S. Financial Place

_MG_0056 (2)Atrium, The Rookery

The Atrium of the Rookery, designed by FLW

_MG_0058 (2)Atrium, the Rookery

Roof of the Rookery Atrium

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Lobby of the Chicago Board of Trade Building

_MG_0061 (2)Chicago Board of Trade Building

Close-up in the lobby

_MG_0064 (2)S. Michigan Avenue

S Michigan Avenue

_MG_0062 (2)Chicago Institute of Art

Chicago Institute of Art, S Michigan Avenue

_MG_0066 (2)S. Michigan Avenue

S Michigan Avenue, looking south

_MG_0069 (2)Looking north across millennium Park

Looking north across Millennium Park

_MG_0073 (2)Henry Moore in Millennium Park

Henry Moore in Millennium Park

_MG_0074 (2)Millennium Park

Millennium Park

_MG_0075 (2)Millennium Park

Millennium Park

_MG_0082 (2)Cloudgate

Cloud Gate by Anish Kapoor

DSCN1623 (2)Cloudscape

Doing the tourist thing, reflected in Cloud Gate

_MG_0079 (2)Cloudgate

Inside Cloud Gate

_MG_0081 (2)Cloudgate

_MG_0085 (2)Modern American Decorative Arts, Chicago Institute of Art

Modern Decorative Arts at the Chicago Institute of Art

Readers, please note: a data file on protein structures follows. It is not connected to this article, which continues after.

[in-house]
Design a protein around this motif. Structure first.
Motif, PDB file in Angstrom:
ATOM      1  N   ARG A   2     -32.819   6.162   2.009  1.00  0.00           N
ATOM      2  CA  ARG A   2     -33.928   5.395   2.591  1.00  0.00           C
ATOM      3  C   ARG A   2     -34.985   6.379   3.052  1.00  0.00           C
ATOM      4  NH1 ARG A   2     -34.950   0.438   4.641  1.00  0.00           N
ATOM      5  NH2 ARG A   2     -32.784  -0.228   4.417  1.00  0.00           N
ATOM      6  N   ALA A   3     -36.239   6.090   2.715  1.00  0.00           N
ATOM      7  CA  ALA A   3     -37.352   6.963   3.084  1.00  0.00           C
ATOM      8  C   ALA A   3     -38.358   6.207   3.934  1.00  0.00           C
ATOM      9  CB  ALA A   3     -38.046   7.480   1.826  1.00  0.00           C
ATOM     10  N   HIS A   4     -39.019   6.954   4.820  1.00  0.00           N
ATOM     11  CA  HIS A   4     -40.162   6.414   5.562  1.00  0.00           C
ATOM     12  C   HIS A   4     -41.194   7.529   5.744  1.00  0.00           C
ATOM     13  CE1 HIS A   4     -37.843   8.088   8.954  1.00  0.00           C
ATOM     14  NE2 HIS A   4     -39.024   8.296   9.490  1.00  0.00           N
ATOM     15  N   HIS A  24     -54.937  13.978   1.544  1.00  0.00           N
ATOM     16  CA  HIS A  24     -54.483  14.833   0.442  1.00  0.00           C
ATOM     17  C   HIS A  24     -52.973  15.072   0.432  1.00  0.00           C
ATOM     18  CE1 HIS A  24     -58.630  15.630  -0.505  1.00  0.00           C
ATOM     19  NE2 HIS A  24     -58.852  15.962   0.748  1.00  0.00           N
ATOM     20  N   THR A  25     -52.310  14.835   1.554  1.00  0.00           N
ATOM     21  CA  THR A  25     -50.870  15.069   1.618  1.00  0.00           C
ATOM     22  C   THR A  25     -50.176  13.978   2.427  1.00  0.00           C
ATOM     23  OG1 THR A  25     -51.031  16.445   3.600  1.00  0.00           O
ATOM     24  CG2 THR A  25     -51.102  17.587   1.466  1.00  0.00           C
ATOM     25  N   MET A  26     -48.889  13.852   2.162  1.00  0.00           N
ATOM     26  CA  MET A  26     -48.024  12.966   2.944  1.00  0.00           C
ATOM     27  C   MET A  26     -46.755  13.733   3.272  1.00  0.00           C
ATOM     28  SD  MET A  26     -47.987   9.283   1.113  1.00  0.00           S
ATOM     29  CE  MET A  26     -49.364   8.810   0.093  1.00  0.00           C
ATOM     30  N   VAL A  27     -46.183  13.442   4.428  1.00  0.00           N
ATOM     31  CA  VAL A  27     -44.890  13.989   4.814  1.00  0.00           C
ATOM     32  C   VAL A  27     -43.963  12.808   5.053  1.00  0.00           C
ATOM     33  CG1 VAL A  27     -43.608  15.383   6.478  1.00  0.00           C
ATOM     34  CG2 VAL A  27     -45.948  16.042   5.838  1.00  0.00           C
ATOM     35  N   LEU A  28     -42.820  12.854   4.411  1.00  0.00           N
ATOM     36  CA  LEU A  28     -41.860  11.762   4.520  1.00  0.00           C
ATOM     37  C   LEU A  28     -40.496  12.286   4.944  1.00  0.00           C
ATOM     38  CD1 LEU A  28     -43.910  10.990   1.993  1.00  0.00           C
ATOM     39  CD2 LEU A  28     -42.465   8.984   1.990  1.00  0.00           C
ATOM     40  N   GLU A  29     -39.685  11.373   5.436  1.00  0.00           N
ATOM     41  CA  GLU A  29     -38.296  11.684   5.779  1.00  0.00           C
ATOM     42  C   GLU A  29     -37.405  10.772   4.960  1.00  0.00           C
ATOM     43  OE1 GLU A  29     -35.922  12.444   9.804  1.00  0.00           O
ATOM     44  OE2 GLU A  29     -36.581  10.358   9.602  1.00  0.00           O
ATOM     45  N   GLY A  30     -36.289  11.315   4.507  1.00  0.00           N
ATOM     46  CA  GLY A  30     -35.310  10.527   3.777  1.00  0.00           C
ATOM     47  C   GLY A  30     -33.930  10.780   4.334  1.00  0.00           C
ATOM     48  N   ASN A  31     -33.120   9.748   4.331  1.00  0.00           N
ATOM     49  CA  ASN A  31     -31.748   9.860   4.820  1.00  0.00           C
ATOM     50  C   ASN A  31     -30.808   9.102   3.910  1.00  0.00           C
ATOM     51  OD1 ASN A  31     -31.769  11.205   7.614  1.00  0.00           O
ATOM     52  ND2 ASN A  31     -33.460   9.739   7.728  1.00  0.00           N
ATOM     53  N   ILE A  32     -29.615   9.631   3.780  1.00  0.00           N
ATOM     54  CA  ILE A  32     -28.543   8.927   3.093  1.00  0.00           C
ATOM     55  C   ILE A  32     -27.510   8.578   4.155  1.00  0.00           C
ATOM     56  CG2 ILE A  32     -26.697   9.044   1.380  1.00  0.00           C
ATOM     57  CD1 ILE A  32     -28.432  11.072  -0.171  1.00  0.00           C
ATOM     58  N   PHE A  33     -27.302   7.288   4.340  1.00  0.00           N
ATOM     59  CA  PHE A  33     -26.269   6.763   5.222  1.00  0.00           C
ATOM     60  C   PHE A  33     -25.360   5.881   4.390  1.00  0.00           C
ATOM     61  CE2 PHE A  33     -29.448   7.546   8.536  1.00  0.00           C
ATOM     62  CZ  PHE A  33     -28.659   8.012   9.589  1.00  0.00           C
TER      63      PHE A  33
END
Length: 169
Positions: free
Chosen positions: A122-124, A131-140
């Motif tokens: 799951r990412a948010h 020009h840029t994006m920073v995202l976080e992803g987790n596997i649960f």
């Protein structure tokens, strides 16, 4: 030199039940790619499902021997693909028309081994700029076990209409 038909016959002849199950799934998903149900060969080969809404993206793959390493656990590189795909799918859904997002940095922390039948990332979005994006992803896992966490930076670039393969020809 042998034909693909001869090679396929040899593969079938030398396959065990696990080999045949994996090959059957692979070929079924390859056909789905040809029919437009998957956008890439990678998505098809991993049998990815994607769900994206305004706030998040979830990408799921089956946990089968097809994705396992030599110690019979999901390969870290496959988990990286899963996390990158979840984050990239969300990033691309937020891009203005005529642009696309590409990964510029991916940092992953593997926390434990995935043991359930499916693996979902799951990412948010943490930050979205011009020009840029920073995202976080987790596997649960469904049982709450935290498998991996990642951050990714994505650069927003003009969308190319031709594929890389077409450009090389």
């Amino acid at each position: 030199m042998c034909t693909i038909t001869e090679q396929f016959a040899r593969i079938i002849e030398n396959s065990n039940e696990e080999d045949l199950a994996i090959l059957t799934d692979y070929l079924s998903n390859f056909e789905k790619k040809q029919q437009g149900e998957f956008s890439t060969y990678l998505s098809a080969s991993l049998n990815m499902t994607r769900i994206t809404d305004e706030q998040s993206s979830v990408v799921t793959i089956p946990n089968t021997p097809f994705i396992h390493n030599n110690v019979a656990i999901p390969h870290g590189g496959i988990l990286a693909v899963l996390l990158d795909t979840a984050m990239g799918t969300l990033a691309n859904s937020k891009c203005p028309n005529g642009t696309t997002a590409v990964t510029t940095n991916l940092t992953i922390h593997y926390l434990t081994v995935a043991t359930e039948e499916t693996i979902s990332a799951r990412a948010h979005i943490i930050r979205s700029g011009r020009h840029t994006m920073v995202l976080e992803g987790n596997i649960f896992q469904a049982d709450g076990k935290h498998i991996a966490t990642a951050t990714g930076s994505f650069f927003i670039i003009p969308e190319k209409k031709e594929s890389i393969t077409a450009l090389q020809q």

The next day we went out in the cold and rain to see as many of the FLW houses in Oak Park as we could.

_MG_0086 (2)William E Martin house, 636 N East Avenue, Oak Park

William E. Martin House, 636 N East Avenue, Oak Park, Illinois

_MG_0087 (2)Edwin H Cheney House,520 N East Avenue

Edwin H. Cheney House, 520 N East Avenue

_MG_0090 (2)Nathan G Moore House, 333N Forest Avenue

Nathan G. Moore House, 333 N East Avenue

_MG_0091 (2)A front garden, Oak Park

Someone’s front garden in Oak Park

IMG_3572 (2)Frank Lloyd Wright studio and home

Outside FLW Home & Studio

IMG_3574 (2)Frank Lloyd Wright studio and home

FLW Home & Studio

IMG_3575 (2)Arthur Huertly House, 318 N Forest Ave

Arthur Huertly House, 318 N Forest Drive

IMG_3576 (2)Peter A Beachy House,238 N forest Drive

Peter A. Beachy House, 238 N Forest Drive

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Frank W Thomas House, 210 N Forest Drive

By lunch time I was colder and wetter than I had been at any time since my youth hostelling days, and had to be revived with blueberry pancakes with a side of bacon at George’s Family Restaurant on S Oak Park Drive.

The following day we took the L and then a bus to get to Hyde Park, home to the Obamas, and the University of Chicago. It’s also the location of the Robie House, considered the epitome of FLW’s Prairie style. Unfortunately it was raining heavily by this time,  so rather difficult to capture an image.